3) Cuando que se habla sobre una tercera persona del singular /la madre de Él His mother is not very nice. / su madre

4) Cuando que se habla sobre una tercera persona del singular / la madre de Ella Her mother is not very nice. / su madre

5) Cuando se habla sobre la tercera persona del Plural / "la madre de Ellos" Their mother is not very nice. / su madre

6) Al decir sobre la tercera persona del Plural/ "la madre de ellas" Their mother is not very nice. / su madre

Espero haber sido de ayuda.


Cuatro respuestas posible en inglés. “Su” puede ser “their”, “your”, “his” o “her”.


Sí, cuatro, ya que "their" = ellos o ellas y "your" = usted o ustedes


“they” = “ellos” o “ellas” y “you” = “usted” o “ustedes”

“their” = “su” para “ellos” o “ellas” y “your” = “su”, cuando es para “usted” o “ustedes” y “tu” , cuando es para “tú” y “vuestro” o “vuestra” cuando es para “vosotros” o “vosotras”.


There is no context for selecting one choice over the others
simpático adj
(agradable) likeable, likable adj (pleasing) pleasant, agreeable adj (entertaining) amusing adj (towards others) kind, nice adj


Does this sentence have the same meaning in Spanish as it does in English? As in is this an understatement in Spanish as well?


How do you do acents on an android mobile?


Hold down the letter and a menu will come up that you can scroll onto the correctly accented version of the letter.


You can also add languages, which really is just a software download of the keyboard layout for that language. You can switch back and forth easily.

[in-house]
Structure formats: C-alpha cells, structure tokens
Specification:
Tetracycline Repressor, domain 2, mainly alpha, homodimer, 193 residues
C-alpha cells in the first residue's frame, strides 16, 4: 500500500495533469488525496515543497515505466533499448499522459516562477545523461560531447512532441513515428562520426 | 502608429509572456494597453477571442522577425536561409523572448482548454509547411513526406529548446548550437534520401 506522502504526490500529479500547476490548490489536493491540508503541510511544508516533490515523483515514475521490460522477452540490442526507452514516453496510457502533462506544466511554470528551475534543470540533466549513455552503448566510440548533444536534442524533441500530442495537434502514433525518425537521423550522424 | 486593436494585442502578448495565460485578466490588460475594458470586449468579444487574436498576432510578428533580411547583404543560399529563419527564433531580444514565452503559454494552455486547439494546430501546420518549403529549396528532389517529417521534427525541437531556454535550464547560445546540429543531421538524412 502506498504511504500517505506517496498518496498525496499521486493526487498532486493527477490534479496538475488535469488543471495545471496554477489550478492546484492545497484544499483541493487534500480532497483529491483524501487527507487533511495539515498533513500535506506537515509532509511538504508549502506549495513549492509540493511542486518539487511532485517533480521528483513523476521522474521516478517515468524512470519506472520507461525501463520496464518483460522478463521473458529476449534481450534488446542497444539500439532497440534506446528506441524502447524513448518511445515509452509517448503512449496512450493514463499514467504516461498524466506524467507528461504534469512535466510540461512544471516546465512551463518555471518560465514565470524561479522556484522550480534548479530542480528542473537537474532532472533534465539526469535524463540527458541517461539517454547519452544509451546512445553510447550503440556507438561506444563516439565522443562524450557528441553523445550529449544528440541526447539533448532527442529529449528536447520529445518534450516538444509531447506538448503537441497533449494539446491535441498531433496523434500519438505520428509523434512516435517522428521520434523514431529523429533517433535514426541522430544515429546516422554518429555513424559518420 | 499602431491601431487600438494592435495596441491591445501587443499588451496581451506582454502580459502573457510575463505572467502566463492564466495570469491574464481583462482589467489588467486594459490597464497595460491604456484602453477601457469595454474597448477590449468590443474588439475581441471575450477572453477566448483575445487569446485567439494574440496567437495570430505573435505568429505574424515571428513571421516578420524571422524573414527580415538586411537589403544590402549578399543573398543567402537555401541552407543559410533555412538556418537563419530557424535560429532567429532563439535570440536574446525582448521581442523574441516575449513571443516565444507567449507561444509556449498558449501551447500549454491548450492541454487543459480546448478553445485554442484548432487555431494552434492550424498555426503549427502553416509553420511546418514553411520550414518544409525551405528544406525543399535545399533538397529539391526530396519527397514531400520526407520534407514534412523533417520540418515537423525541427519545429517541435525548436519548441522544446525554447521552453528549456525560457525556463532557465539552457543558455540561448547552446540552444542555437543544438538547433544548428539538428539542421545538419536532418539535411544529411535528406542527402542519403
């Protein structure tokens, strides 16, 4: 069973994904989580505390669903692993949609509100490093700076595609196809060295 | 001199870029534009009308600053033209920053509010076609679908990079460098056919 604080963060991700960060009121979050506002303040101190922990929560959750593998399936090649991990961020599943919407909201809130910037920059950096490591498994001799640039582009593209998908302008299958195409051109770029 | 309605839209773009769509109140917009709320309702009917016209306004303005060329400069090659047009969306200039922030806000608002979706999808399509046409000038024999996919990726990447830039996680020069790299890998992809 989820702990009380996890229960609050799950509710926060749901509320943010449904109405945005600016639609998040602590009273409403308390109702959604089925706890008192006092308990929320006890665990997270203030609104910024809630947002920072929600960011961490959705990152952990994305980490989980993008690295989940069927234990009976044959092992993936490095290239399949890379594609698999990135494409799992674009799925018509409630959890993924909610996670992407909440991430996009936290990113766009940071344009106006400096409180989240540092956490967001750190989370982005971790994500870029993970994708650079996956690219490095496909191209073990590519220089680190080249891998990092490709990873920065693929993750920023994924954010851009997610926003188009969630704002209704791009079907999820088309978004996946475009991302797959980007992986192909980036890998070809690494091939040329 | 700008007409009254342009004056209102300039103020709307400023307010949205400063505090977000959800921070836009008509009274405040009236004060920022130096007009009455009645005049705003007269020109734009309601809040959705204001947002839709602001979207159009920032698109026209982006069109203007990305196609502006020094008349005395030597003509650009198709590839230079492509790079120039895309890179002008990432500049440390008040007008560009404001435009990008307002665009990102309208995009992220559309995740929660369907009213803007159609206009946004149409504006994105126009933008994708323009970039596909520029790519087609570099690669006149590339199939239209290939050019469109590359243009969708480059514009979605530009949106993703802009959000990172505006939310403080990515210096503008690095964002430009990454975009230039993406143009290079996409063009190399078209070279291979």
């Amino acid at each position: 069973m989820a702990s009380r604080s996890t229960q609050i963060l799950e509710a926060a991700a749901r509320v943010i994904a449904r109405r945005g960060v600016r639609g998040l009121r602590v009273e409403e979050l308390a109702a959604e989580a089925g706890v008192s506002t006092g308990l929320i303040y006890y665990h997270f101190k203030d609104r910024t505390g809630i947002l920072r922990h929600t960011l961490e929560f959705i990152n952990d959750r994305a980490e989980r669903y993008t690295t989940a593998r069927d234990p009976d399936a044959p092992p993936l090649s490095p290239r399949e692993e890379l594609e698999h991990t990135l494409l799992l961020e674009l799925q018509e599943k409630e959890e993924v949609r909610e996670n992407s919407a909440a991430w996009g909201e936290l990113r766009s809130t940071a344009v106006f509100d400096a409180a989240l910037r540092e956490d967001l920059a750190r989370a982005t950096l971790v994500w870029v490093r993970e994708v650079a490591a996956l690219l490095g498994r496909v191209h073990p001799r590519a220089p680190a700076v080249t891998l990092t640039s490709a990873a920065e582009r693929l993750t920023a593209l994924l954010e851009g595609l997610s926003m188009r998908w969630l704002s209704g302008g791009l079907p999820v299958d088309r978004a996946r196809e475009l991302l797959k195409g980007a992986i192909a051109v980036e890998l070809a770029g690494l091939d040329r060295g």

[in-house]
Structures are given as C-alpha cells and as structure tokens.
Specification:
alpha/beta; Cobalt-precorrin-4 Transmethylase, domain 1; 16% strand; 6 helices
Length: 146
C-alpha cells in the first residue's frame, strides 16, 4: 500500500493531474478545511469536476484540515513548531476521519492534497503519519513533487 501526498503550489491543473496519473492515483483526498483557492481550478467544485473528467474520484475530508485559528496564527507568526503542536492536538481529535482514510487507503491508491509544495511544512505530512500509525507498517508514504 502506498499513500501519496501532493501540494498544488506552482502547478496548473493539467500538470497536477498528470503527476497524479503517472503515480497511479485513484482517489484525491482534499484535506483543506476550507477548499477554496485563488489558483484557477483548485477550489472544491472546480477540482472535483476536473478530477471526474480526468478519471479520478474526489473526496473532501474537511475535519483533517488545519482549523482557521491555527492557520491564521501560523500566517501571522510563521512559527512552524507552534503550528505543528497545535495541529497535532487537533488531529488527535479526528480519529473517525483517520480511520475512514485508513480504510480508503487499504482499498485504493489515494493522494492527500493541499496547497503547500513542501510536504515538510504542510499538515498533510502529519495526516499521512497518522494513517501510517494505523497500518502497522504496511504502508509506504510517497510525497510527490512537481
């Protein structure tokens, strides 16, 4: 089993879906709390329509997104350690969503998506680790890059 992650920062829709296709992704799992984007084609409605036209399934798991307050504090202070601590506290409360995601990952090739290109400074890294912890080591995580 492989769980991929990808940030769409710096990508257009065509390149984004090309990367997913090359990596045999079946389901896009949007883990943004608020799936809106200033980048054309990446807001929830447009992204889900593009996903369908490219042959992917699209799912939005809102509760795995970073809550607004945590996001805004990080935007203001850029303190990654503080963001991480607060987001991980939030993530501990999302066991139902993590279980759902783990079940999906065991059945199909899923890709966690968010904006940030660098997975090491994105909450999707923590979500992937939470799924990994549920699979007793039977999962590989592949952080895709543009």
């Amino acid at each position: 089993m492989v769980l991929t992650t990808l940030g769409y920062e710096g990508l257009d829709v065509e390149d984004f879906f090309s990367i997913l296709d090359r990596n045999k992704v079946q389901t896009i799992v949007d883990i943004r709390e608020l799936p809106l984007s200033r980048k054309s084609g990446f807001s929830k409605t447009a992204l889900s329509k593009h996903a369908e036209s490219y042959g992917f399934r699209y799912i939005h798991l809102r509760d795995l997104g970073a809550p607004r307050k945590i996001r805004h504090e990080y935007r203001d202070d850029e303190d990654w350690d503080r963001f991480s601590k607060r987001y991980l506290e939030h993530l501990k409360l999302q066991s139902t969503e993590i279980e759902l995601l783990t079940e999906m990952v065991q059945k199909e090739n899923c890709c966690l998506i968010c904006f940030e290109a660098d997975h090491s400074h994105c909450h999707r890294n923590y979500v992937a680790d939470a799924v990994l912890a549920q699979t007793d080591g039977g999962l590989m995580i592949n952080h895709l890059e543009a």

I wrote "your mother", but DL marked it wrong. When I speak Spanish it is at work and I always am using the "usted" form when addressing people, so when I saw "su" I thought "your", which should also be correct.


It is accepted as correct, so what was your entire sentence. Please take a screenshot.


Okay, I'll bite. How do you post a screenshot here?


You click on the grey help button at the bottom of this screen and scroll all the way down to the bug report where you can load it with your bug report.


Aha; thanks! So it's for posting screenshots there, not here.

Now I see that they want the bug-report area used for system problems: when "Duolingo is not behaving as expected." For course issues, they refer us to the Report (flag) button for specific sentences, and to the course-specific Discussion forum for other matters.


I've now learned from the general forums that we can post screenshots here.

Sample Screen Shot


Why is "your" not allowed for this sentence. 'Su' can mean his, her, your, their and is gender neutral. Not sure if Duo are right.


Try reporting it, but the sentence would be rather rude, don’t you think?


Not sure what you mean by that. Do you mean using 'your' in the sentence might be rude or do you mean it might be rude to Duo?


I mean that I would never tell you that your mother is not very nice! Duolingo will not be offended and encourages reporting alternate wording when it makes sense. I personally believe that when guessing which subject or possessive pronoun is meant that one should choose the best fit for the sentence, the words that would most likely be used for a given sentence. This is not the familiar form in Spain, so I don’t know you well enough to insult your mom. In fact, I wouldn’t say this version to my friends either.


Yes I understand what you were referring to now but that is the content of the sentence anyway. To say his mother is not nice is also 'rude'. That Duo's choice to put it in the lesson. Besides I'm doing several languages and force e.g in Indonesian sentences keep coming up about pushing people over or pulling them. They're put in because it's real life of course. So, having read comments I can figure it is just a Duo problem where 'your' should have been acceptable, the reason I was asking based on grammar, not moral aspects. Thanks.